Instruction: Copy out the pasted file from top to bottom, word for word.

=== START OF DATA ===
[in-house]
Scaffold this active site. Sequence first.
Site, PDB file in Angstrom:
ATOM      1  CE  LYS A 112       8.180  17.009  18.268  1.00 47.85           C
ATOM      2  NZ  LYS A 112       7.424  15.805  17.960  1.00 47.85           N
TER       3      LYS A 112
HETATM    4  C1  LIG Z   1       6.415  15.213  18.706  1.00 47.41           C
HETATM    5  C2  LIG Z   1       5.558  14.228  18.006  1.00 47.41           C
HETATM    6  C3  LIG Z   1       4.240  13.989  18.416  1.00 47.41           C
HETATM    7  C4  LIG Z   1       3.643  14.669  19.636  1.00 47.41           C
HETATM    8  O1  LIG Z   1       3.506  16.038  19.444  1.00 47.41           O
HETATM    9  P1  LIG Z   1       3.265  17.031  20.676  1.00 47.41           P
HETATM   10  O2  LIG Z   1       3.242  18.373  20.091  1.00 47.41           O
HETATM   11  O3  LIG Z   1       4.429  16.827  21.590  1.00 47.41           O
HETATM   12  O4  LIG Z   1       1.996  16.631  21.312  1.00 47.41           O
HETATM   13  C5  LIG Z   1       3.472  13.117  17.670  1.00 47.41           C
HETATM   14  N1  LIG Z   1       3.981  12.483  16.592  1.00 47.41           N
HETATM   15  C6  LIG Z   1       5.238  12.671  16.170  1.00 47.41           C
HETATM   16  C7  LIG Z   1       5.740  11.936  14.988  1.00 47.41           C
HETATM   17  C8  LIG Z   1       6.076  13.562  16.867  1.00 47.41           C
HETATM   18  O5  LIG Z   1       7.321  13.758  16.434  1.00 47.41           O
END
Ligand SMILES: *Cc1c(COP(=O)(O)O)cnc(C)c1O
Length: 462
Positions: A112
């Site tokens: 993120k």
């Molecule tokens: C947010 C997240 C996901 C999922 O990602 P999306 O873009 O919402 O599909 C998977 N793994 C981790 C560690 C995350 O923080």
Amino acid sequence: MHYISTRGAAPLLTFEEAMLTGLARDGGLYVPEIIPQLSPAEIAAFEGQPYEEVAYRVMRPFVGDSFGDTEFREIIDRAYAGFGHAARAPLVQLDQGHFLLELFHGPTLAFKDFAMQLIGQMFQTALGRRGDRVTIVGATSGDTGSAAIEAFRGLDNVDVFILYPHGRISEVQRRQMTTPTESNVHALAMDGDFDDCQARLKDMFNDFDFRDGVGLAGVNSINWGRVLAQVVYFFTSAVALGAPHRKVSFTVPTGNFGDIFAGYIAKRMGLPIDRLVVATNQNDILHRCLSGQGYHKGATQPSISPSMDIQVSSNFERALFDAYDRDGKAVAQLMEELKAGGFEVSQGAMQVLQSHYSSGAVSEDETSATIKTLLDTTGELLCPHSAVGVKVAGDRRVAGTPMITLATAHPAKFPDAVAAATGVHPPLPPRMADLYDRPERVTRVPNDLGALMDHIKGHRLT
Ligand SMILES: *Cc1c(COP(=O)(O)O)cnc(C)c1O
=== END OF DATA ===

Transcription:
[in-house]
Scaffold this active site. Sequence first.
Site, PDB file in Angstrom:
ATOM      1  CE  LYS A 112       8.180  17.009  18.268  1.00 47.85           C
ATOM      2  NZ  LYS A 112       7.424  15.805  17.960  1.00 47.85           N
TER       3      LYS A 112
HETATM    4  C1  LIG Z   1       6.415  15.213  18.706  1.00 47.41           C
HETATM    5  C2  LIG Z   1       5.558  14.228  18.006  1.00 47.41           C
HETATM    6  C3  LIG Z   1       4.240  13.989  18.416  1.00 47.41           C
HETATM    7  C4  LIG Z   1       3.643  14.669  19.636  1.00 47.41           C
HETATM    8  O1  LIG Z   1       3.506  16.038  19.444  1.00 47.41           O
HETATM    9  P1  LIG Z   1       3.265  17.031  20.676  1.00 47.41           P
HETATM   10  O2  LIG Z   1       3.242  18.373  20.091  1.00 47.41           O
HETATM   11  O3  LIG Z   1       4.429  16.827  21.590  1.00 47.41           O
HETATM   12  O4  LIG Z   1       1.996  16.631  21.312  1.00 47.41           O
HETATM   13  C5  LIG Z   1       3.472  13.117  17.670  1.00 47.41           C
HETATM   14  N1  LIG Z   1       3.981  12.483  16.592  1.00 47.41           N
HETATM   15  C6  LIG Z   1       5.238  12.671  16.170  1.00 47.41           C
HETATM   16  C7  LIG Z   1       5.740  11.936  14.988  1.00 47.41           C
HETATM   17  C8  LIG Z   1       6.076  13.562  16.867  1.00 47.41           C
HETATM   18  O5  LIG Z   1       7.321  13.758  16.434  1.00 47.41           O
END
Ligand SMILES: *Cc1c(COP(=O)(O)O)cnc(C)c1O
Length: 462
Positions: A112
């Site tokens: 993120k």
């Molecule tokens: C947010 C997240 C996901 C999922 O990602 P999306 O873009 O919402 O599909 C998977 N793994 C981790 C560690 C995350 O923080």
Amino acid sequence: MHYISTRGAAPLLTFEEAMLTGLARDGGLYVPEIIPQLSPAEIAAFEGQPYEEVAYRVMRPFVGDSFGDTEFREIIDRAYAGFGHAARAPLVQLDQGHFLLELFHGPTLAFKDFAMQLIGQMFQTALGRRGDRVTIVGATSGDTGSAAIEAFRGLDNVDVFILYPHGRISEVQRRQMTTPTESNVHALAMDGDFDDCQARLKDMFNDFDFRDGVGLAGVNSINWGRVLAQVVYFFTSAVALGAPHRKVSFTVPTGNFGDIFAGYIAKRMGLPIDRLVVATNQNDILHRCLSGQGYHKGATQPSISPSMDIQVSSNFERALFDAYDRDGKAVAQLMEELKAGGFEVSQGAMQVLQSHYSSGAVSEDETSATIKTLLDTTGELLCPHSAVGVKVAGDRRVAGTPMITLATAHPAKFPDAVAAATGVHPPLPPRMADLYDRPERVTRVPNDLGALMDHIKGHRLT
Ligand SMILES: *Cc1c(COP(=O)(O)O)cnc(C)c1O